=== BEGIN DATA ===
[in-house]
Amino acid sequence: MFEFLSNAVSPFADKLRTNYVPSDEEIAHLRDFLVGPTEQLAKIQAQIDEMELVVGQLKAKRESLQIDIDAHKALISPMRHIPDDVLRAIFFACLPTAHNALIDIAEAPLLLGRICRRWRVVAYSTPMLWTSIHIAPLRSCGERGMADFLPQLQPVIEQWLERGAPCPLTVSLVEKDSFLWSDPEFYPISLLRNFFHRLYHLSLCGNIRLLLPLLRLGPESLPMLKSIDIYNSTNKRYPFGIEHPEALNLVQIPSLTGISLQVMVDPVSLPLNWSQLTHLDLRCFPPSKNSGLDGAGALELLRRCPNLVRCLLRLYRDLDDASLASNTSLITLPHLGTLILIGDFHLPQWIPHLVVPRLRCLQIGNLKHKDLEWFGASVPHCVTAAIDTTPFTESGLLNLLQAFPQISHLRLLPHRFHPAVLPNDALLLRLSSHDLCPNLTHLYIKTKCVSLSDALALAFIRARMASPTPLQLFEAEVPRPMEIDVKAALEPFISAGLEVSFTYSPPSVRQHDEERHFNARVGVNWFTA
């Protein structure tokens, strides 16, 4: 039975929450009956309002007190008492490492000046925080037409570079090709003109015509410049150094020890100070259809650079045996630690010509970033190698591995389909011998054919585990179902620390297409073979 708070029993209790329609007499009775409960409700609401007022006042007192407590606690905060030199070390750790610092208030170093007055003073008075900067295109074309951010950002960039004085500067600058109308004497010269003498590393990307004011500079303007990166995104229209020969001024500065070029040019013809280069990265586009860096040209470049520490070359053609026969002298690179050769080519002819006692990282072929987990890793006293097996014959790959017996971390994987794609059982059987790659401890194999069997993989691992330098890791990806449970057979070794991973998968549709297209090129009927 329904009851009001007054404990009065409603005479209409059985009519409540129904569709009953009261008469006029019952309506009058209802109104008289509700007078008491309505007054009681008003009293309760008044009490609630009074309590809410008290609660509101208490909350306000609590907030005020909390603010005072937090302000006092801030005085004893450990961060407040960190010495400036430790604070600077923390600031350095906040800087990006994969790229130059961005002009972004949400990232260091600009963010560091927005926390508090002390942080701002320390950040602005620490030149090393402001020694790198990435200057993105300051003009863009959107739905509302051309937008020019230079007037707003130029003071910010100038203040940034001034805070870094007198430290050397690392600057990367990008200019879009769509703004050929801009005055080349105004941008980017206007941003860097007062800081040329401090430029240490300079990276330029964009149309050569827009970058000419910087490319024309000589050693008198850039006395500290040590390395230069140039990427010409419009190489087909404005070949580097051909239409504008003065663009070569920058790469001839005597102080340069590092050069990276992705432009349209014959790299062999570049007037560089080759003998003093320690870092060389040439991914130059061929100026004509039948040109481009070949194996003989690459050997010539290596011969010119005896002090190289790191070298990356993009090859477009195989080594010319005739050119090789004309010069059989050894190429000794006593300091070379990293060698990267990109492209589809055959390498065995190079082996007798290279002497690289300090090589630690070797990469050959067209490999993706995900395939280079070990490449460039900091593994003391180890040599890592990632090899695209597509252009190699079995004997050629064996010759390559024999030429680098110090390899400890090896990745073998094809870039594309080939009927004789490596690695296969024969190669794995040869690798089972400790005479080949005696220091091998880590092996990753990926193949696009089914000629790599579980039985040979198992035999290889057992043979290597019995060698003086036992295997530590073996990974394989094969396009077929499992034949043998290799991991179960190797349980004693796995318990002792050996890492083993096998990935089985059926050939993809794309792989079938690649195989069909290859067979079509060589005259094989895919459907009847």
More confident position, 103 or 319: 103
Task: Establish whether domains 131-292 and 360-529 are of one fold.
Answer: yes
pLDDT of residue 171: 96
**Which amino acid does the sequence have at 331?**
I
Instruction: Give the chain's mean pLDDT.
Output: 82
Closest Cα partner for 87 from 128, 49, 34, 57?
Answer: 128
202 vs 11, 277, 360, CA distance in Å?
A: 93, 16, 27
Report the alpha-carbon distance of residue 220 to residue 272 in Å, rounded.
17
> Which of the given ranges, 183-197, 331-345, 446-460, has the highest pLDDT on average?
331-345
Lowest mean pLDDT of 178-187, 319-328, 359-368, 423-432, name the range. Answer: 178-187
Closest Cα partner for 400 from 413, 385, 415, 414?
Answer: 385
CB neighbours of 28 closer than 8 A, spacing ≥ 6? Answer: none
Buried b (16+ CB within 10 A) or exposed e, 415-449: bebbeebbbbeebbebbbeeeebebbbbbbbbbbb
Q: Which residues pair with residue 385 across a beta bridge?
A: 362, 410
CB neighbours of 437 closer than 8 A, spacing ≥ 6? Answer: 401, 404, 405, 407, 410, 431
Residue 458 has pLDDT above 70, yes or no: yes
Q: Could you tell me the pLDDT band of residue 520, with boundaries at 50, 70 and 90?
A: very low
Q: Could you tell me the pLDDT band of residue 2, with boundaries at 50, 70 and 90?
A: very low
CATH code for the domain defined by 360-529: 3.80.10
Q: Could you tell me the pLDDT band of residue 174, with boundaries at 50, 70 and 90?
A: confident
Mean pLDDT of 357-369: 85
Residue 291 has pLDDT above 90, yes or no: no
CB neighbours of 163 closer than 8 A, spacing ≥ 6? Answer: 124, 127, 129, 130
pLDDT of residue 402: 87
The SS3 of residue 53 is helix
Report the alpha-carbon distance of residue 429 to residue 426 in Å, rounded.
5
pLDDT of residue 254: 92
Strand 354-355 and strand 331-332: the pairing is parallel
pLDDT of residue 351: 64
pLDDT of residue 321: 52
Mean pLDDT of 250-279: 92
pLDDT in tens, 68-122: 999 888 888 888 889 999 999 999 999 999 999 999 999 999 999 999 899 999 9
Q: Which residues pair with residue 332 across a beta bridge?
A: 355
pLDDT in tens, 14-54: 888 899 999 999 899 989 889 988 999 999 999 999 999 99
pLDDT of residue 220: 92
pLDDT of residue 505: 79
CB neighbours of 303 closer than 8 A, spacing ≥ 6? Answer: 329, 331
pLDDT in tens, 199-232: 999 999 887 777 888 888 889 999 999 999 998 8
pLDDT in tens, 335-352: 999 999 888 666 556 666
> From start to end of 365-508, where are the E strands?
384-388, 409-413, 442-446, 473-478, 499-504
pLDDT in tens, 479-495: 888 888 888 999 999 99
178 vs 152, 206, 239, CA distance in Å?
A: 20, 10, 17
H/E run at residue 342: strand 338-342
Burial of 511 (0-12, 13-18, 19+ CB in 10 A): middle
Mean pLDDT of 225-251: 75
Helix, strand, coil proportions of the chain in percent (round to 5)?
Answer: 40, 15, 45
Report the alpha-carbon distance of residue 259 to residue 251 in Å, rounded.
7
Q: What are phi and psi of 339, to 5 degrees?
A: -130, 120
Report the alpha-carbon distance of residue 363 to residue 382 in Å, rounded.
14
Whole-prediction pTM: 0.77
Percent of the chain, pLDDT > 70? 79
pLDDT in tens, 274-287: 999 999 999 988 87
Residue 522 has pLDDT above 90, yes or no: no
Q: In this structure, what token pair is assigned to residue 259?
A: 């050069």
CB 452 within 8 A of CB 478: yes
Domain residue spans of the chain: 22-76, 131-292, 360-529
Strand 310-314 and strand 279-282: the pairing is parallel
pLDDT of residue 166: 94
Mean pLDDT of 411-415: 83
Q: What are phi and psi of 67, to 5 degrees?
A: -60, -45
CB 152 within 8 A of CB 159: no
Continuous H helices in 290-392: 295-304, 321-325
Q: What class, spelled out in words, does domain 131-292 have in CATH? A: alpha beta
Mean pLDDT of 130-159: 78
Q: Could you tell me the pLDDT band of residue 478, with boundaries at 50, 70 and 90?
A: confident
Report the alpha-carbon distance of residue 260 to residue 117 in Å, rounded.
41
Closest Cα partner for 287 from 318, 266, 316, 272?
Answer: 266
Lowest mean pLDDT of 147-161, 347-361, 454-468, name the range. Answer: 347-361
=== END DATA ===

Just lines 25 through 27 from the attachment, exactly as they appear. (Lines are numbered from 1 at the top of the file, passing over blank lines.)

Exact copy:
Q: Which residues pair with residue 385 across a beta bridge?
A: 362, 410
CB neighbours of 437 closer than 8 A, spacing ≥ 6? Answer: 401, 404, 405, 407, 410, 431